Essential insight into NHS matters in the North West of England, with a particular focus on the devolution project in Greater Manchester. By Lawrence Dunhill

Pulling back from the brink

Two months have passed since two chief executives were sacked over their trust’s accident and emergency performance, in a move intended to ram home the importance of meeting the four hour target.

The message will have been heard loud and clear at some North West providers, which may well have been mentioned, but ultimately spared, in some of those P45 discussions.

The statistics looked particularly troubling for Aintree University Hospital Foundation Trust and Wirral Teaching Hospitals FT, which were reporting performance of 82 and 81 per cent respectively for the first six months of 2017-18.

Since then, both trusts have pulled back from the brink.

Wirral reported a dramatic improvement in September and October, reporting 87 and 88 per cent, while Aintree reported 84 per cent with signs of further improvement in November.

Both trusts have been taking advice from consultancy firm EY, which seems to have made an early impact. Hopefully, it pays off with sustained improvement over winter.

Care home closures

East Lancashire Hospitals Trust has moved up the A&E risk register due to two imminent care home closures in Pendle. Both homes were criticised in recent Care Quality Commission reports.

Besides reducing beds in the system, the closures will require a huge amount of social care time and capacity to relocate the residents, which means less time and attention on tackling delayed discharges.

There has been lots of effort to support the care home sector in Pendle through commissioners’ work with the Airedale vanguard, so the closures will be a major concern.

Headcount reductions

There may have been some extra revenue funding in the Budget, but it’s all been earmarked to shorten waiting times and comes with a clear expectation of increased productivity.

The government has so far been vague on what it means by productivity, but an area where we’re likely to see further tightening is the running cost budgets of clinical commissioning groups.

In some areas this will run alongside, or even follow, the transition to accountable care systems (with commissioning teams either centralised or merged into council structures) but in others it will provide the final push.

As my colleague Dave West noted last week, lots of areas remain relatively untouched by CCG consolidation or leadership sharing.

Lancashire has the second most CCG accountable officers per head of population, Cheshire and Merseyside the fifth most, and Greater Manchester the eleventh most (out of 44 Sustainability and Transformation Partnerships).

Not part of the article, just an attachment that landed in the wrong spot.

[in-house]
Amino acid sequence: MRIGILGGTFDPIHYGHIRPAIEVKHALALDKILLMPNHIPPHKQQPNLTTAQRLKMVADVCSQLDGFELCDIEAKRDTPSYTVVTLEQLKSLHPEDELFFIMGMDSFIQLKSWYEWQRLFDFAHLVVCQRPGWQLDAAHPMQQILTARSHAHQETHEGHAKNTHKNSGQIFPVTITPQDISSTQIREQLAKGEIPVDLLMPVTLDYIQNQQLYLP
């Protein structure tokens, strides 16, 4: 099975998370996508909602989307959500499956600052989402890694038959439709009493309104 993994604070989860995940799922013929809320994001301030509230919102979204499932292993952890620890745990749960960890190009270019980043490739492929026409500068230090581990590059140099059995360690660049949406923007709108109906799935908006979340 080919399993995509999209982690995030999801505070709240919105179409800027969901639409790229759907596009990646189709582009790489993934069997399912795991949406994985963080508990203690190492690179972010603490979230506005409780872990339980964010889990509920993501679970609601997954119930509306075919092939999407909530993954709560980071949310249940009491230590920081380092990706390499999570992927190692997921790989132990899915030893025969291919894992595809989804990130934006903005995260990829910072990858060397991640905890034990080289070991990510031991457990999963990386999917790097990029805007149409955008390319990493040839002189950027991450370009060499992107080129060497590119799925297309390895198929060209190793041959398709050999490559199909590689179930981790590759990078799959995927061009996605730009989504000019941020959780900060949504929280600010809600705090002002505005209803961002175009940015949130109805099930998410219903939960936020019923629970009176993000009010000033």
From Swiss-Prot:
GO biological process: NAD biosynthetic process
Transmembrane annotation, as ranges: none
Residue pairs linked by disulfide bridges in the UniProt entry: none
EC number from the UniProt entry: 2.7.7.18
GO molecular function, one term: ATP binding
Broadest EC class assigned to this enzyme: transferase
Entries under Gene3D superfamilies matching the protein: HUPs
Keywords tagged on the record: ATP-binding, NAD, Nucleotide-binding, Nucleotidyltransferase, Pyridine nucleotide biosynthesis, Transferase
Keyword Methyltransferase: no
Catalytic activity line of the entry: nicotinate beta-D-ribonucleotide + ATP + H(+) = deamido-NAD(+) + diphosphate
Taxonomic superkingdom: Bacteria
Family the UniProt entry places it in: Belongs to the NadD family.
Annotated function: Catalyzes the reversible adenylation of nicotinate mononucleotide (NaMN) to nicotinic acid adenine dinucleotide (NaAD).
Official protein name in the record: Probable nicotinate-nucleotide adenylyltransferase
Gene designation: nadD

The starting gun for CCG consolidation has already been fired in Greater Manchester and there will be increasing pressure on the other STPs in the North West to follow suit.

STP finally gets going

The cumbersome Cheshire and Merseyside STP was always going to be tricky to get a grip of. There had been little to no history of joint working across the footprint, and initial efforts focused on integration between the NHS organisations in three geographies.

But the geographies made little sense, local authorities felt excluded and there wasn’t much evidence of progress.

In the summer, a full time chair was appointed plus a new leader, and a different approach is apparently being taken with the STP split into nine boroughs and focusing on health and social care integration (ie: talking to the councils).

Meanwhile, the KPMG has been commissioned to work with the NHS Transformation Unit, which led the Healthier Together programme in Greater Manchester, to work on plans for acute reconfiguration across the patch.

According to one senior figure in the region, it feels like things are finally getting going.

New management

Stockport’s plan for an “accountable care trust” may have stalled, but the partners are doing what they can to integrate services on the ground.

There is now a single line of management for the integration work, badged as Stockport Neighbourhood Care, which reports into the “alliance board” which has been formed between the NHS trusts, council, and GP federation.

This week it was announced that SNC will be headed by Caroline Drysdale, who has been running the Bury locality for Pennine Care FT.

Keeping tabs

Under a Lord Carter aligned pilot project, the Countess of Chester Hospital FT has this year been using tracking technology to help manage its beds, patient flows, staff and equipment.

More than 4,000 infrared sensors have been installed above beds and doorways, which are triggered by tracking devices in patient wristbands, staff security cards and tags on equipment.

The idea is that real time and more accurate information will help identify areas of inefficiency, while freeing up staff whose job it was to monitor this stuff.

It’s early days of course, but leaders at the trust are excited enough to have invited stakeholders in the next month to show it off.

North by North West takes an in-depth fortnightly look at one of the NHS’s most challenged and innovative regions. There will be a particular focus on the devolution experiment in Greater Manchester, but my scope also includes Merseyside, Lancashire, and Cheshire.

Please get in touch to let me know how I can improve it, and to tip me off about stories you think I should cover: If someone forwarded this to you, sign up to get your own copy here.